Review – Big Finish Doctor Who #2: “Phantasmagoria”
This is the next in line of my Big Finish Productions Doctor Who retro-reviews.
The TARDIS takes the Doctor and Turlough to the London of 1702 where a mysterious highwayman roams the streets, a local occultist has made contact with the dead and gentlemen of fashion are disappearing, only to find themselves in a chamber whose walls weep blood…
The time-travellers become enmeshed in the hideous plan of Sir Nikolas Valentine, a gambler at the mysterious Diabola Club who always seems to have a winning hand…
Written By: Mark Gatiss
Directed By: Nicholas Briggs
Peter Davison (Fifth Doctor); Mark Strickson (Turlough); Nicholas Briggs (Henry Gaunt); David Walliams (Quincy Flowers / Ned Cotton); Jonathan Rigby (Edmund Carteret); Mark Gatiss (Jasper Jeake); Jez Fielder (Poltrot / Major Billy Lovemore / Librarian); David Ryall (Sir Nikolas Valentine); Steven Wickham (Dr Samuel Holywell); Julia Deakin (Hannah Fry)
*** minor spoilers ahead***
After the big crossover introduction that was “The Sirens of Time,” Big Finish settles into classic formula for their first 5th Doctor adventure. Reuniting Peter Davison with Mark Strickson as Turlough, “Phantasmagoria” crosses an historical period piece with shapeshifting aliens just to prove that such things never get old. Unlike “The Sirens of Time,” there is nothing overly difficult about this audio. It’s a good one for classic fans and newbies alike. For those who are brand new to Doctor Who, this one has very little of the typical jargon (outside of the Doctor’s explanations to Turlough about how to play Cricket), and there’s no need to know anything about Gallifrey. For those who are looking for a solid and enjoyable story without too much depth to get lost in, this one’s fairly straightforward. The listener is transported instantly to the time period between the dialogue and the incidental music, and the story itself is evenly paced and somewhat enclosed, making it a very intimate story for the listener. One thing my colleague Carl constantly points out about classic Doctor Who is that the stories don’t always have to be epic; sometimes the small scaled ones can be just as much fun. “Phantasmagoria” proves his point nicely. Because of the enclosed atmosphere, it actually feels like one of those lower-than-normal budget episodes that always stand out later for all the right reasons.
Unlike I did with my review of “The Sirens of Time,” I don’t feel I can tell you much about the story itself because this story isn’t big on plot. Time is spent getting acquainted with new characters who aren’t quite what they seem, and then big reveals are made in the 4th and final part when the plot is resolved. The characters themselves toe the line just enough to barely avoid becoming caricatures. The gravelly-voiced villain is a step away from being a classic moustache-twirler, the highwayman is played over the top in swashbuckling style, etc. The characters, once introduced, are comfortable stereotypes, and this serves the point when the shapeshifting aliens are revealed. I just can’t tell you who or why without completely spoiling the story. Frustrating, I know, but it means you’ll have to listen for yourself. It’ll make more sense after you do.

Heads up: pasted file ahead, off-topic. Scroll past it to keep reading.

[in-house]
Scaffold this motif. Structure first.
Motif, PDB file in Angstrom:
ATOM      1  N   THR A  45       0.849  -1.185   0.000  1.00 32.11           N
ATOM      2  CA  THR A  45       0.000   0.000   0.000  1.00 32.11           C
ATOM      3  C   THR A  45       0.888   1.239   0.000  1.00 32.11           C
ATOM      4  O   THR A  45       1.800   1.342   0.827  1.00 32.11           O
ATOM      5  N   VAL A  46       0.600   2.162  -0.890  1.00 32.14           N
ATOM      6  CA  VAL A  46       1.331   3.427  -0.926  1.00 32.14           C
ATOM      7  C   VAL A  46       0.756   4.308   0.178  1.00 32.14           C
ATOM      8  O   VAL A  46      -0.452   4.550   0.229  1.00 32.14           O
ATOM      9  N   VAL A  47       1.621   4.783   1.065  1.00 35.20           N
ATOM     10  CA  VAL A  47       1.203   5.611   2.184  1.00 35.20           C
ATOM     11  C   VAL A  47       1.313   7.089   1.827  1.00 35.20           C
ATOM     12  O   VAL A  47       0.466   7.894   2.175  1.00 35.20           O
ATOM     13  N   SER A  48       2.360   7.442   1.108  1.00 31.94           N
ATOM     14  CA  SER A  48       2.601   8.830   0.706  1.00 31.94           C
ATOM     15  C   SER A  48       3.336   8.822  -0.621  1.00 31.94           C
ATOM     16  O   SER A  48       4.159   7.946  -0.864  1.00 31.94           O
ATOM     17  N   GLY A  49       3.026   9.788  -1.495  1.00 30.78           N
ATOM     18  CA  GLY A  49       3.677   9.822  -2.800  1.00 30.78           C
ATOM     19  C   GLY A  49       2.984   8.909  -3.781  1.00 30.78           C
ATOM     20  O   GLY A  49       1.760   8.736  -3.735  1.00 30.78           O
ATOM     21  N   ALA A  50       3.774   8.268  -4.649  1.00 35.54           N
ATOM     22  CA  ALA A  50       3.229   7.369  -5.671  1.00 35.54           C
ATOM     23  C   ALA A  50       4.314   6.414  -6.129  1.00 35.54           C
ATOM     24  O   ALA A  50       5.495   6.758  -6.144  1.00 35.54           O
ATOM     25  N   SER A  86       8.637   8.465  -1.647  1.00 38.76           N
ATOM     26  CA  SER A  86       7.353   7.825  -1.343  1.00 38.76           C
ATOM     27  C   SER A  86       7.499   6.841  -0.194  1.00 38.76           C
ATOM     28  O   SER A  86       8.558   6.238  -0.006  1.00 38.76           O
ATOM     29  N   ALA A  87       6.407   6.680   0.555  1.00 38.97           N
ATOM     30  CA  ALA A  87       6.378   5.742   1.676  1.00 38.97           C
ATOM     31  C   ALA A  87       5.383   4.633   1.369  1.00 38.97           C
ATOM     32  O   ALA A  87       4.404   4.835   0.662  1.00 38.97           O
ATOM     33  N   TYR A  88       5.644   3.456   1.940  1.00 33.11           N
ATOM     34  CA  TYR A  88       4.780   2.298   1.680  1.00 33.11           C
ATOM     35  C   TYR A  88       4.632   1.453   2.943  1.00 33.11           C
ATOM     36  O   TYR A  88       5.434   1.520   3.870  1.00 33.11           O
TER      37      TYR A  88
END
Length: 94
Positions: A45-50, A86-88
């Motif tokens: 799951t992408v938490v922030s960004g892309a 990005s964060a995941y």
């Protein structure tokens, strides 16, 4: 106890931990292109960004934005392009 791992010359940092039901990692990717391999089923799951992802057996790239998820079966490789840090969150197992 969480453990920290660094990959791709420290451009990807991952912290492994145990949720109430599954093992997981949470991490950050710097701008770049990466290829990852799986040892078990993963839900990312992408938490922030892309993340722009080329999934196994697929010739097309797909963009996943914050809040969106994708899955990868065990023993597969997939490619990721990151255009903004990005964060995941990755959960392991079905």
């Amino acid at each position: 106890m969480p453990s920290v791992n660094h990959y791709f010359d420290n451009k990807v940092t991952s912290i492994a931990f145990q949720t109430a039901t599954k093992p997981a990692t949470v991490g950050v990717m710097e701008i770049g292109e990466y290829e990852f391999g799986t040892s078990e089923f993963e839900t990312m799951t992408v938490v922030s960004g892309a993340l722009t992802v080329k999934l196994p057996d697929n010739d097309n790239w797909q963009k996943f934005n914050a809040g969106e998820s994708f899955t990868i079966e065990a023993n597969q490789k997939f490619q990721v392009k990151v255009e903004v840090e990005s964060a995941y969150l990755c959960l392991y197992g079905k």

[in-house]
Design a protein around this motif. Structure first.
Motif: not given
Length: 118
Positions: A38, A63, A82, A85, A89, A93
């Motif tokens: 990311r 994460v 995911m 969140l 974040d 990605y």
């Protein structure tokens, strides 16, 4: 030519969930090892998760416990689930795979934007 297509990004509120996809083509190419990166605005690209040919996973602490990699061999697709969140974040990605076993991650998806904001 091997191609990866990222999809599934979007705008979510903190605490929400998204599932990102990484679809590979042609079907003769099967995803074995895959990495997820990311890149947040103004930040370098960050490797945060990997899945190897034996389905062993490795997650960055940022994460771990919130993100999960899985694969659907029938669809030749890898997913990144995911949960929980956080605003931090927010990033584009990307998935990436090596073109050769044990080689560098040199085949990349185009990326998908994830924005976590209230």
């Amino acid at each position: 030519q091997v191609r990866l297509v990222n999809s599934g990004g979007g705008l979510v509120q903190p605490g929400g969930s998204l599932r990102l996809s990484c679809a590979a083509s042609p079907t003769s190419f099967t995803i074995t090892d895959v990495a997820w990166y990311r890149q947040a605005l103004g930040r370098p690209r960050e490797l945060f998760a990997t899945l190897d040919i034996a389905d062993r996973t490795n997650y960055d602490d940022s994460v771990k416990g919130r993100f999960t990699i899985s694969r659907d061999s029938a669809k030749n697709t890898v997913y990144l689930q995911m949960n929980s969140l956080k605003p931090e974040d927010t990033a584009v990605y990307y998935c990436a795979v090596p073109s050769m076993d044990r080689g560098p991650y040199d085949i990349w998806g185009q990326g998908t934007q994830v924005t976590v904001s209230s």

One point that absolutely did surprise me was Mark Strickson’s performance. In the classic series, Turlough always seemed a bit of a punk, probably a side effect from his time as the pawn the Black Guardian, and typically made worse with his interactions with Tegan. In this audio, he begins exactly as you remember him from the series, making the transition from two-dimensional nuisance to full-fledged character over the course of the story. This is actually a hallmark of Big Finish for which I can’t applaud enough. Not only are all the Doctors improved over what you remember, but so too are all the classic companions, only to be outshined in my opinion by the new companions that are introduced in later stories. Characters that I disliked or barely tolerated in the TV series are welcome additions in these audios, and they evolve in ways they never could in the 80s. For instance, Turlough and the Doctor part ways in this story and follow different lines of plot to arrive later at nearly the same point. In short, Turlough’s love of history comes in handy as he proves himself an intelligent companion, worthy of the Doctor’s time and trust. Bravo!
“Phantasmagoria” isn’t going to set any impressions as an amazing audio by any stretch, but it’s a good foundation piece for the 5th Doctor’s new adventures. It sets a tone for stories to come, and as I said before, it’s a great jumping-on point for new fans to become acquainted with the Doctor and Turlough.